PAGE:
22:14 Blessed are those who wash their robes so they can have access to the tree of life and can enter into the city by the gates. 22:15 Outside are the dogs and the sorcerers and the sexually immoral, and the murderers, and the idolaters and everyone who loves and practices falsehood!

‘Lying insults not only your neighbor, whom you may manage to fool, but also God, whom you can never fool. A truth-telling, promise-keeping God who “cannot lie” (Tit 1:2, NEB; also Nu 23:19; 1 Sam 15:29), and who wants to see in us his own moral image, naturally “hates. a lying tongue. a false witness who breathes out lies.” (Pr 6:16-19) Lying is part of Satan’s image, not God’s, and we should not wonder that “every one who loves and practices falsehood” should thereby exclude himself from God’s city (Rev 22:15; cf. 21:27). There is no godliness without truthfulness. Lord, have mercy!’ (J.I Packer, Growing in Christ)

“Dogs” – See Phil 3:2.

22:16 “I, Jesus, have sent my angel to testify to you about these things for the churches. I am the root and the descendant of David, the bright morning star!” 22:17 And the Spirit and the bride say, “Come!” And let the one who hears say: “Come!” And let the one who is thirsty come; let the one who wants it take the water of life free of charge.
22:18 I testify to the one who hears the words of the prophecy contained in this book: If anyone adds to them, God will add to him the plagues described in this book. 22:19 And if anyone takes away from the words of this book of prophecy, God will take away his share in the tree of life and in the holy city that are described in this book.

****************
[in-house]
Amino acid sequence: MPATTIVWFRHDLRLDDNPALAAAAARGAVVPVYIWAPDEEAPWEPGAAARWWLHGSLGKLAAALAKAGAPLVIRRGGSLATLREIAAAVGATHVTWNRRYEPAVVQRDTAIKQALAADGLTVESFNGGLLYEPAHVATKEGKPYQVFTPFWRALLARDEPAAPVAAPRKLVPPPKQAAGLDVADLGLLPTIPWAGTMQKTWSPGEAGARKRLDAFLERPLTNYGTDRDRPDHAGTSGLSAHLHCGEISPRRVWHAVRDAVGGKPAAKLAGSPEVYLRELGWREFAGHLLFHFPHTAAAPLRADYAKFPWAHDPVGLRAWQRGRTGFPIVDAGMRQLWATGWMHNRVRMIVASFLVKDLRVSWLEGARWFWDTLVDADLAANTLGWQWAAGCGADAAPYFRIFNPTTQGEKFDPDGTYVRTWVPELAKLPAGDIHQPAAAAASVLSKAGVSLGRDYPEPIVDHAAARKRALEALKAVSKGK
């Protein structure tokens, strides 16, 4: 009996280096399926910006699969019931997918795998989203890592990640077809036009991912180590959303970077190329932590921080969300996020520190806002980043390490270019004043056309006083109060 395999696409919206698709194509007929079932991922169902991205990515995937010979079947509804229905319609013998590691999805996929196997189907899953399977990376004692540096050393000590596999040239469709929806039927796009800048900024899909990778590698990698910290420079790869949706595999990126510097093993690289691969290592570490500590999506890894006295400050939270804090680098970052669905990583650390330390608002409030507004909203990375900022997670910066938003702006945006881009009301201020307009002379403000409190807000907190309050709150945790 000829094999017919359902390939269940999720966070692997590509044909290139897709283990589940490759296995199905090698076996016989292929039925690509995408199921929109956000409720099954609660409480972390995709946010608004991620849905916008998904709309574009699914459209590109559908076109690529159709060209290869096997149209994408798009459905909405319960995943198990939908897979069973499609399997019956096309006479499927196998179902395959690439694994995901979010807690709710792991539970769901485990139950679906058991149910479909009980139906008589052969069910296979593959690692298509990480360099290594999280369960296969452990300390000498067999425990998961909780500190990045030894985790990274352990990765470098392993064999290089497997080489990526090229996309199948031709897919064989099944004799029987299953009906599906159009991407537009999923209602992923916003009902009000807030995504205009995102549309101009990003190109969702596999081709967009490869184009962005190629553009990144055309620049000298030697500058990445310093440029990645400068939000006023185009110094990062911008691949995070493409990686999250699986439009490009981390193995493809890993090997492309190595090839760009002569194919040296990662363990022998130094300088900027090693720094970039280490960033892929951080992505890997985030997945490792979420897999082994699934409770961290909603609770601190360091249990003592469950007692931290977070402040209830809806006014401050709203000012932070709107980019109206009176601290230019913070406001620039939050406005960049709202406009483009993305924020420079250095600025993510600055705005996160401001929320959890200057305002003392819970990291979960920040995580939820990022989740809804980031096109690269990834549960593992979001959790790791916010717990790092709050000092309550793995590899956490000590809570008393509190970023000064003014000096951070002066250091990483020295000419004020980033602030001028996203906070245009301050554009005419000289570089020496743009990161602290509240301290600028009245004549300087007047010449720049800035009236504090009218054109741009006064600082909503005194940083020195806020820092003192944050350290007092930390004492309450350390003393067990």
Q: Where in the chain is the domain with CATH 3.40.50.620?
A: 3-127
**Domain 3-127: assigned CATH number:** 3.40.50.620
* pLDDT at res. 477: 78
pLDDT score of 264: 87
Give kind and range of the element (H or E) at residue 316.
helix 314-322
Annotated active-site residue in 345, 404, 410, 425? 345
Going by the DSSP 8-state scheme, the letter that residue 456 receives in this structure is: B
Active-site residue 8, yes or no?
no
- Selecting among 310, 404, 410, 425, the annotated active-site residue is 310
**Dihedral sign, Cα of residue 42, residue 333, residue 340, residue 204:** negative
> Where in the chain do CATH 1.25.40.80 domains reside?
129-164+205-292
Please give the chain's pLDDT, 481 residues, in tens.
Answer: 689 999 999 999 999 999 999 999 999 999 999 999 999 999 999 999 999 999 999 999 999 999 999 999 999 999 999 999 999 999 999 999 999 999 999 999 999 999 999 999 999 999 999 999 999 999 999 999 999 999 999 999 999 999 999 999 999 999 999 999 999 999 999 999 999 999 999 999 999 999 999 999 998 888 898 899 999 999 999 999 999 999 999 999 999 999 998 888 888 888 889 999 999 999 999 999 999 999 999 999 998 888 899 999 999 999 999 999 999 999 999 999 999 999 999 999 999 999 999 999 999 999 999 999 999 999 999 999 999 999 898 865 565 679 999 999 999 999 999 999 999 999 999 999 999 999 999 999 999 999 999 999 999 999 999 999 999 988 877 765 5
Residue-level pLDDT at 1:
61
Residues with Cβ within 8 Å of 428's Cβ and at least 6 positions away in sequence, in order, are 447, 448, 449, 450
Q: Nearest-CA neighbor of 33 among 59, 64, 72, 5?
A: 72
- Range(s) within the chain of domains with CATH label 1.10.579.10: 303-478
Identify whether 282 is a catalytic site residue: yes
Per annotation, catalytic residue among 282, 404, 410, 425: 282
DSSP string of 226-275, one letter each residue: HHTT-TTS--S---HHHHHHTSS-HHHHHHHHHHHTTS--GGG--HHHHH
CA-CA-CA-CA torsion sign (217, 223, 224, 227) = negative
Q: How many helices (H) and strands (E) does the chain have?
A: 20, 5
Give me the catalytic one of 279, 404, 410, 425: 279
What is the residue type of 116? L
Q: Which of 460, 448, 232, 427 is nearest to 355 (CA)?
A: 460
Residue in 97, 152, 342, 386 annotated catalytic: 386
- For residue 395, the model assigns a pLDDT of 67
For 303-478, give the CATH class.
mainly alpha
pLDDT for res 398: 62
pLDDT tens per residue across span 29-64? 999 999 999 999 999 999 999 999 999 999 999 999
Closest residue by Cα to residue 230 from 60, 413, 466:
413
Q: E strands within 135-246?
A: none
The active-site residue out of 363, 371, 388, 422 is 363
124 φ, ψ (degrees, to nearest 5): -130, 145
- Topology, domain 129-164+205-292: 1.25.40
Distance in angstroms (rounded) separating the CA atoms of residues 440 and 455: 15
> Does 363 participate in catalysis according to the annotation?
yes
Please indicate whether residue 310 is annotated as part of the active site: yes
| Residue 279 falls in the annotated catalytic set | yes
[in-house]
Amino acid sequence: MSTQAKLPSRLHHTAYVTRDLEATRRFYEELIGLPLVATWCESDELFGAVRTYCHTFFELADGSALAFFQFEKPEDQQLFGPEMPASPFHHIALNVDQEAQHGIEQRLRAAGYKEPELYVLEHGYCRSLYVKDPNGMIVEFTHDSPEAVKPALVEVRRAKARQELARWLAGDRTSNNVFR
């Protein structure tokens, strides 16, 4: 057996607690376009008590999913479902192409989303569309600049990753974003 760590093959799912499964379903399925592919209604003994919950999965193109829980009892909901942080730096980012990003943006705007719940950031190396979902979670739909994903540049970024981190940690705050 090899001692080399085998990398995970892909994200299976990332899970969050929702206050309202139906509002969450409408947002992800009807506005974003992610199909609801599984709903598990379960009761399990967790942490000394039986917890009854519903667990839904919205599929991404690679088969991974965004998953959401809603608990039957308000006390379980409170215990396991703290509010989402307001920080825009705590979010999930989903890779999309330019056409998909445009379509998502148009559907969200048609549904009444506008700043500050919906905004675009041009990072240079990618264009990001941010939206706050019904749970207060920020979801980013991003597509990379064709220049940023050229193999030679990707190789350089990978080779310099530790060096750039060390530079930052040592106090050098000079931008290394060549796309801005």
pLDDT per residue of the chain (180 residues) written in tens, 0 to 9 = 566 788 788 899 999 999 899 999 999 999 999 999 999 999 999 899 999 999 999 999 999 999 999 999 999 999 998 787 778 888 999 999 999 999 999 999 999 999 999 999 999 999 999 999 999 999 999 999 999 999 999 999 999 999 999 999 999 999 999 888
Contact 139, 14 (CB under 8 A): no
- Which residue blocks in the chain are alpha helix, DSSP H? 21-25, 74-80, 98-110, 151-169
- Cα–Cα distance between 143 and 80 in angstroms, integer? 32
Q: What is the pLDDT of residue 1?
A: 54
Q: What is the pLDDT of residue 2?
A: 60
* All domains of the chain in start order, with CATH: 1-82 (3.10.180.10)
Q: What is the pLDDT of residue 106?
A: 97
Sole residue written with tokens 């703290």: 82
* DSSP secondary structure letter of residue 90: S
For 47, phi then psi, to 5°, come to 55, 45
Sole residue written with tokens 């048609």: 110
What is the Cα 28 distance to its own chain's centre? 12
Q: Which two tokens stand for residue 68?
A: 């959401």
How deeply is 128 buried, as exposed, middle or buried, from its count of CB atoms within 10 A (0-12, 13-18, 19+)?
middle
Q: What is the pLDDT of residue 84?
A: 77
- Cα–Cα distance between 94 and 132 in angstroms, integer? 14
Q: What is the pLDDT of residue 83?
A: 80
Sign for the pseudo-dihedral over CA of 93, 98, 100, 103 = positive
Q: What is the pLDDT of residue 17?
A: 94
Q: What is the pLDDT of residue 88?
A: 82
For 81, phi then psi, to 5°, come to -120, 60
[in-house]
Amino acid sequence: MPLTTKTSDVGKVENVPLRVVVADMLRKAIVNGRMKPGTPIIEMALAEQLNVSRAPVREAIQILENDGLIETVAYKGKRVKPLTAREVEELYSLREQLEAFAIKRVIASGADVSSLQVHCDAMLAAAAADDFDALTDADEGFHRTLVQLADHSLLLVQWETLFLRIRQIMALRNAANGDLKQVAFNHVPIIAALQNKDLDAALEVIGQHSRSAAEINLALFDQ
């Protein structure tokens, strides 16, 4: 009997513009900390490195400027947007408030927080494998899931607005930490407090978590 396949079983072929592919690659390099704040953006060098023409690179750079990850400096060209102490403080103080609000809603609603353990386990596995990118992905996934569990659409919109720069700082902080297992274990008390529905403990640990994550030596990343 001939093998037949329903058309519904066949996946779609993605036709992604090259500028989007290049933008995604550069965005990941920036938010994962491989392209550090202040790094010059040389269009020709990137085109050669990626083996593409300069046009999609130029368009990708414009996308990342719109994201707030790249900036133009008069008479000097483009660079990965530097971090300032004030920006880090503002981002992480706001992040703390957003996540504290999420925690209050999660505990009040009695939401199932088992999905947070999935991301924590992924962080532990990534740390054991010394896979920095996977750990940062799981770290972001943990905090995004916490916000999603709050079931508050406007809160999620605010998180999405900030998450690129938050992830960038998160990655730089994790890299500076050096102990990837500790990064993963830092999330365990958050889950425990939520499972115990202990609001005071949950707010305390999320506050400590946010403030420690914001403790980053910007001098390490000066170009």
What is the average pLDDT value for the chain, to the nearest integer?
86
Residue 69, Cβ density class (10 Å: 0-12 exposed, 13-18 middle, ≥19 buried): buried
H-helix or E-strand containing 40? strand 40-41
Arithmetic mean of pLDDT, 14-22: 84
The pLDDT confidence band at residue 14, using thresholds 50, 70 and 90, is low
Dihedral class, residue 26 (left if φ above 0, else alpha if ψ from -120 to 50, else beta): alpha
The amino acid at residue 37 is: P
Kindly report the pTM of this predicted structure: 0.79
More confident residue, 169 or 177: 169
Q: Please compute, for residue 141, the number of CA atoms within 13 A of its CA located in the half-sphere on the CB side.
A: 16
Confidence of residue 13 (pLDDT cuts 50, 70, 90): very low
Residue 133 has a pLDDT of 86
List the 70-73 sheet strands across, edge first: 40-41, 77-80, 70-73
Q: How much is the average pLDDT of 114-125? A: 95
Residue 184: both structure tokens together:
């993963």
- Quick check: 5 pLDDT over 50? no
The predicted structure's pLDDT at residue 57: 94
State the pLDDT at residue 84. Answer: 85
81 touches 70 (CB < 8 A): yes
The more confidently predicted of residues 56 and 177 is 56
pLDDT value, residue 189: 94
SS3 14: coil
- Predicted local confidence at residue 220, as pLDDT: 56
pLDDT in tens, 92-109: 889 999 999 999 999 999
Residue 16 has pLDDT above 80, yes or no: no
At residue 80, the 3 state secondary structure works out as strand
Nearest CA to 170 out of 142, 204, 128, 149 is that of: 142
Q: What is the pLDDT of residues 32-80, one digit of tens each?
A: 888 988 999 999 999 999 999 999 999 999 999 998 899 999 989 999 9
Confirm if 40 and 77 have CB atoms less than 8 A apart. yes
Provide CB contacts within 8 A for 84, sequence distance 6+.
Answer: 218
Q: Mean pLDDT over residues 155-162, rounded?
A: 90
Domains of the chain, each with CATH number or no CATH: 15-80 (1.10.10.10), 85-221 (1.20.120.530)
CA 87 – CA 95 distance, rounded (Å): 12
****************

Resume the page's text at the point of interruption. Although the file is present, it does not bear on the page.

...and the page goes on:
‘It is often put to me that modern editions have taken large bits out of the Bible. Many people find this unsettling, particularly because Rev 22:19 warns against taking away from ‘the words of the prophecy of this book’. On the other hand, the preceding verse in Revelation contains an equally solemn warning against adding to the Word of God. It is as sinful to add to the text as it is to subtract from it. Now there are one or two places where we know that the text of the Authorised Version contains more words than the original, and scholars have taken these words out. But we also know how these extra words came in. An ancient scribe, faced with two variant readings, thought the best course of action was to put them both in. Rather than choose, he simply put them together. The process is called conflation, and is quite easy to detect. This all arises from the humanness of the Bible. The transmission of the text was left to copyists controlled by ‘God’s singular care and providence’ rather than by inspiration. These men, for all their meticulousness, made mistakes here and there. The task of the textual critic is to identify these minor blemishes and eliminate them.’ (McLeod, A Faith to Live By).

22:20 The one who testifies to these things says, “Yes, I am coming soon!” Amen! Come, Lord Jesus! 22:21 The grace of the Lord Jesus be with all.

Come, Lord Jesus – ‘We do not think enough of Christ’s second coming. What would be said of the wife who, when her husband was away in another country, could be happy without him, and be contented to think rarely of him. On the contrary, the loving wife longs for her husband’s return. Oh, when will he come back! is her frequent exclamation. Wife of the Lamb, church of the Saviour, where is thy waiting, hoping, longing for the second coming of thy Lord? Is this thy blessed hope, as it was that of the primitive church. Oh Christian, are these not wanting here? Every morsel of that bread thou eatest at the sacramental table, every drop of wine thou drinkest, is the voice of Christ saying to thee, I will come again, and receive you to myself; and should draw forth thy longing desires, Come, Lord Jesus; even so, come quickly.’ (John Angel James)